What is more important: the journey or the destination?
— Picture from Tainan Park Elementary School FaceBook page.
One day when I was in the third grade, our teacher announced that we were going to take a field-trip. Every student got excited (I believe it was my first field-trip!) We couldn’t wait!
The day finally came. Everyone brought a lunchbox and proudly displayed it on the top of her desk. Everyone was in a good mood. We talked louder, we laughed harder, and we patiently waited for classes to end.
Finally, around 11 am, our teacher told us to line up outside in the hallway. “Don’t forget to bring your lunch,” she said.
We ran, giggled, and formed lines. We marched behind our teacher, passing several streets. Twenty minutes later (seemed forever) we were so tired that we could hardly lift our feet. When our teacher said that we had arrived at our destination, everyone cheered excitedly.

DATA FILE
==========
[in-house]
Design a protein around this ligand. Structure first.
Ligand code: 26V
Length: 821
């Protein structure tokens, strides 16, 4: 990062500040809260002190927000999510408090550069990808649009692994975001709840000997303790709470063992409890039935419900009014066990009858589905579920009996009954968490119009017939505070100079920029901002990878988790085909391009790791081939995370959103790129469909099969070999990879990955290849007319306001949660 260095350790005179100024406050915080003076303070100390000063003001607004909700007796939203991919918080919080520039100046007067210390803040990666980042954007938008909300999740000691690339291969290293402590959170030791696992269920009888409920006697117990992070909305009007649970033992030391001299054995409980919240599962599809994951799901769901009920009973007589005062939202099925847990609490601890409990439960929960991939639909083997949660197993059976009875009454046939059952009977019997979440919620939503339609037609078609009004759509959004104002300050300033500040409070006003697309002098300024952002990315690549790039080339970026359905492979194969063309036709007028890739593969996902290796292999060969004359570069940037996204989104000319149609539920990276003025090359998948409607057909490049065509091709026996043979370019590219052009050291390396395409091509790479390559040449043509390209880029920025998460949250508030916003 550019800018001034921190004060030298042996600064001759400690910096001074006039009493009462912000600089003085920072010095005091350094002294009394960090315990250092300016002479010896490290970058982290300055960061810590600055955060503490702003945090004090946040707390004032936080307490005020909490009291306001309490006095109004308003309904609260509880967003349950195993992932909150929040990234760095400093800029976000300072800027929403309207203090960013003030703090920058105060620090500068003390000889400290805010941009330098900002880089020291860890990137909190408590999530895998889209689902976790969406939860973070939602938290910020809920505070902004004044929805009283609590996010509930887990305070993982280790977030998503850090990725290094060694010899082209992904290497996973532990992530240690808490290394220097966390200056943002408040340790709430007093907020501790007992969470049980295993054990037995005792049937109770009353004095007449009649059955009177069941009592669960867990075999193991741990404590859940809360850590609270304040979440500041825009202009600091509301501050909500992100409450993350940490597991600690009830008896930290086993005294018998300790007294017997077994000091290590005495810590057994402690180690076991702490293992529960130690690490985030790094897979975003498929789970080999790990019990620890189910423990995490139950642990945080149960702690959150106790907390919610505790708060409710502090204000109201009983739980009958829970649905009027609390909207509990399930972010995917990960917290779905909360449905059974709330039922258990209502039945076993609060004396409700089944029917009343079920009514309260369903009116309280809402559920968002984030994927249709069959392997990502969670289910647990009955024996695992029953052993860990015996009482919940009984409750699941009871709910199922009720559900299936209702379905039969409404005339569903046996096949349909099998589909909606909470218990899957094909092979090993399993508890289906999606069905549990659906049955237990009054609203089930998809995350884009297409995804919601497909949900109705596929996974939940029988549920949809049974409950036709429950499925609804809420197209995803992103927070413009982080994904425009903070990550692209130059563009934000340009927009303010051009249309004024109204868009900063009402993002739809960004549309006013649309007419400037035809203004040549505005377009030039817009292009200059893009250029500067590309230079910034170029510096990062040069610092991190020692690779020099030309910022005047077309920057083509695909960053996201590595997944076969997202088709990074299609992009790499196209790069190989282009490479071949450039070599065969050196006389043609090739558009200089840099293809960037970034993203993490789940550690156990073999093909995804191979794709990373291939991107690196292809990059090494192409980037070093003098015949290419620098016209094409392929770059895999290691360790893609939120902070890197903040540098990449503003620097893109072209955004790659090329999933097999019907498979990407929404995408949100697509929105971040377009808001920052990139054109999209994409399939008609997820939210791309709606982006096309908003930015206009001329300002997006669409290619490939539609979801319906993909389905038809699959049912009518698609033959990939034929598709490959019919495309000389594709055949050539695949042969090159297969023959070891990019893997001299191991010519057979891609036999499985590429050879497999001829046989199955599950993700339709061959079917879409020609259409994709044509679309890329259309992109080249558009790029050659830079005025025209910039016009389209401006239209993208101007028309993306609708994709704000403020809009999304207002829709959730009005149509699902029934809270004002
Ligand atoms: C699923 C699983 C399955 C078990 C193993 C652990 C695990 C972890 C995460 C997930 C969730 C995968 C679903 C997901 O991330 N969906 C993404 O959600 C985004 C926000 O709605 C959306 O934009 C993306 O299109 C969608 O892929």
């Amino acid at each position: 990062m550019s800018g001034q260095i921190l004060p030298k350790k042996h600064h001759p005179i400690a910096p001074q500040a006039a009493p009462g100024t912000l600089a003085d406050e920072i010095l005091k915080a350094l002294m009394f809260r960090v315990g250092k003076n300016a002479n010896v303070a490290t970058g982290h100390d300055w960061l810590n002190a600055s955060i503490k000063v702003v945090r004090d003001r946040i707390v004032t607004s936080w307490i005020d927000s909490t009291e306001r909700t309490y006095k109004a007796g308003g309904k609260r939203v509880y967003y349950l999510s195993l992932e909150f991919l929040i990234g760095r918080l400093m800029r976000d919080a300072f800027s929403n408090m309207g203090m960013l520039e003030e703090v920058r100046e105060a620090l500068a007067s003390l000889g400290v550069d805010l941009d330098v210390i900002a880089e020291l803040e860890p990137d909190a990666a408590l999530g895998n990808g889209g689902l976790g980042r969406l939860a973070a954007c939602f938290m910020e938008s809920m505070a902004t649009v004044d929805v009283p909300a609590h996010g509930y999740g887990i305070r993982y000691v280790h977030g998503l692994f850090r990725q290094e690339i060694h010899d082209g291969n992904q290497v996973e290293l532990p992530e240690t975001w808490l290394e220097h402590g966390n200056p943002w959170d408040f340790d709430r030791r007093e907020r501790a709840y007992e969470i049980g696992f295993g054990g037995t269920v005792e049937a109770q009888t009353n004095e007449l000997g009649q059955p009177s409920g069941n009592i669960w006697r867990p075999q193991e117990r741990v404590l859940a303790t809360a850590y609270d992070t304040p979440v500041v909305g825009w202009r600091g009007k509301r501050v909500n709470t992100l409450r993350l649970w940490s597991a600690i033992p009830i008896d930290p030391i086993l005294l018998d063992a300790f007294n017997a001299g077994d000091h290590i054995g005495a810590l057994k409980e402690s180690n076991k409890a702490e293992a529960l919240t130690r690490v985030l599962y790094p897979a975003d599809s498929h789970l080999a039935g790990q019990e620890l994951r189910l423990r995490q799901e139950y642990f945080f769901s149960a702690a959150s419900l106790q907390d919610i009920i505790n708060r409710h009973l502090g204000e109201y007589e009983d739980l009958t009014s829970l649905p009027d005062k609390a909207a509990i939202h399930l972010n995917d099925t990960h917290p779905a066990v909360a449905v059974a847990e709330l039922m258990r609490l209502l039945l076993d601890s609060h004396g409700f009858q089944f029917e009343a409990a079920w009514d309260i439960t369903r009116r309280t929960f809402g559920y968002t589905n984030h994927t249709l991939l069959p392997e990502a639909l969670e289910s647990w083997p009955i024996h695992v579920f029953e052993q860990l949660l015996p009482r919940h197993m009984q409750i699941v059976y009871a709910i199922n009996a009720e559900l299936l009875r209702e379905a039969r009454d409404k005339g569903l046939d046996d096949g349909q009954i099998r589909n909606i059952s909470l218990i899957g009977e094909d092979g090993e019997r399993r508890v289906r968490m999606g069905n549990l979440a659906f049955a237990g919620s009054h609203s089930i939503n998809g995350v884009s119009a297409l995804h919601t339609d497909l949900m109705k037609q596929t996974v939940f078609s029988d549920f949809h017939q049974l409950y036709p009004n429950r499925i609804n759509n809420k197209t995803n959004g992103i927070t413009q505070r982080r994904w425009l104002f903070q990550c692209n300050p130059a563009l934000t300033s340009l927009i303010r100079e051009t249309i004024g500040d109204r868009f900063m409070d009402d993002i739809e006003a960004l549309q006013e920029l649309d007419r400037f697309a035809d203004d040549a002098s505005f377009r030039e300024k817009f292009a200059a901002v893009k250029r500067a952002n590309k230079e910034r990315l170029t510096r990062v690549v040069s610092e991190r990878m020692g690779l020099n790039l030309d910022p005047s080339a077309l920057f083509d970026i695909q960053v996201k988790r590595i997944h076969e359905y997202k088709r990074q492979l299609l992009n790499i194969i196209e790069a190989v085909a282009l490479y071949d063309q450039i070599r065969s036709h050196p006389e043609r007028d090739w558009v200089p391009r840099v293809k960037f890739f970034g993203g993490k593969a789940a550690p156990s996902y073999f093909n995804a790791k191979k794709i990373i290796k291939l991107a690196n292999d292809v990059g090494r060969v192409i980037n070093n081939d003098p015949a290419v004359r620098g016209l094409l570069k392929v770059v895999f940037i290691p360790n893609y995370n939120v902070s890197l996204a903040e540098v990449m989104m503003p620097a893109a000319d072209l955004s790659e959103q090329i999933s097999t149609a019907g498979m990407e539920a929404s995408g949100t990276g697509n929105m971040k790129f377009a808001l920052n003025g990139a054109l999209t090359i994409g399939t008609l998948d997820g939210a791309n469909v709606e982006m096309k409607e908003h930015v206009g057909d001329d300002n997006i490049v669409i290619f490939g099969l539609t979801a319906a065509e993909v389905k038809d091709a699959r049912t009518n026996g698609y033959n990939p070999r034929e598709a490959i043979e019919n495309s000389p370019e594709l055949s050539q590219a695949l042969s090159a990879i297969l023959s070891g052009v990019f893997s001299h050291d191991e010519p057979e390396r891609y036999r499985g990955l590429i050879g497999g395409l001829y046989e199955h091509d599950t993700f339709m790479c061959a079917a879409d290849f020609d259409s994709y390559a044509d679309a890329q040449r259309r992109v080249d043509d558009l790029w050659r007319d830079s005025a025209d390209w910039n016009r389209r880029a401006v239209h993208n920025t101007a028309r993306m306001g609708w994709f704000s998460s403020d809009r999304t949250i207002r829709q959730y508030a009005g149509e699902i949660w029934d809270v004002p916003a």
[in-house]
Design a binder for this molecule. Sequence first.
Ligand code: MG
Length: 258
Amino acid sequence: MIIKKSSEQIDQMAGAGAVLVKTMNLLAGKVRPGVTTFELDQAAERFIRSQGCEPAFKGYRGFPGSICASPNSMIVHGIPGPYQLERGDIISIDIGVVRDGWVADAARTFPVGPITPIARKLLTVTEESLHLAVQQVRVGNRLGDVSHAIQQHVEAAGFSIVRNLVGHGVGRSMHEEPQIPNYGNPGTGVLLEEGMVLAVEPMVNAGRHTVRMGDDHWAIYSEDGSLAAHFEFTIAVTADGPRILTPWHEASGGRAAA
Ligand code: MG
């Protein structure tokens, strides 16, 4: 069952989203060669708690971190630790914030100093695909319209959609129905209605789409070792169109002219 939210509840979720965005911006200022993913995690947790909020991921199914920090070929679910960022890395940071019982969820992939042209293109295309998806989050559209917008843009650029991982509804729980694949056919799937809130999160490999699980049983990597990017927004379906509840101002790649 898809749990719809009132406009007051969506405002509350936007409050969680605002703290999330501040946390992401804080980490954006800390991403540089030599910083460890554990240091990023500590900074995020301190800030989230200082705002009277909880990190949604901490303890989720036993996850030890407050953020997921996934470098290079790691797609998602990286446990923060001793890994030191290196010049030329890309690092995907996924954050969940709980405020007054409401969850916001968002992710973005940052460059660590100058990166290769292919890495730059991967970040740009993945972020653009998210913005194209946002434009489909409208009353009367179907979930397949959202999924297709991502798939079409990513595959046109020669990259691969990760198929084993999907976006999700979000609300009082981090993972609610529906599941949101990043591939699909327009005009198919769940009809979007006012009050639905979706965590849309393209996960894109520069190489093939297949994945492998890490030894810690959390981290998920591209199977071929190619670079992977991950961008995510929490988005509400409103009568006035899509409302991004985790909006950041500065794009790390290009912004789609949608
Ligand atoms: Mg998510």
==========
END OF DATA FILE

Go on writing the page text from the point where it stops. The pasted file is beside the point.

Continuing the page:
But our excitement didn’t last long. Something didn’t seem right. We looked at each other with question marks in our eyes. Where are we? Why this place was so familiar?
A minute later, one classmate shouted, “School!”
We turned our head in unison to where she was pointing, and saw our school buildings 30 feet away.
What? This is our field-trip destination? We felt being cheated. No longer smiling, each of us found a spot to sit and quietly ate her lunch.
After lunch, it took 3 minutes for us to get back to school.
So, what is more important: the journey or the destination? On that particular day, to be honest, nothing was more important than the lunchbox my mom had prepared for me. Our family was poor; my mom didn’t want me to look bad in front of my classmates, so the food in that lunchbox was more expensive than usual. It was one of the best lunches I had ever had.
(The name of our school is “Park Elementary School”, because it was located right next to a park. )
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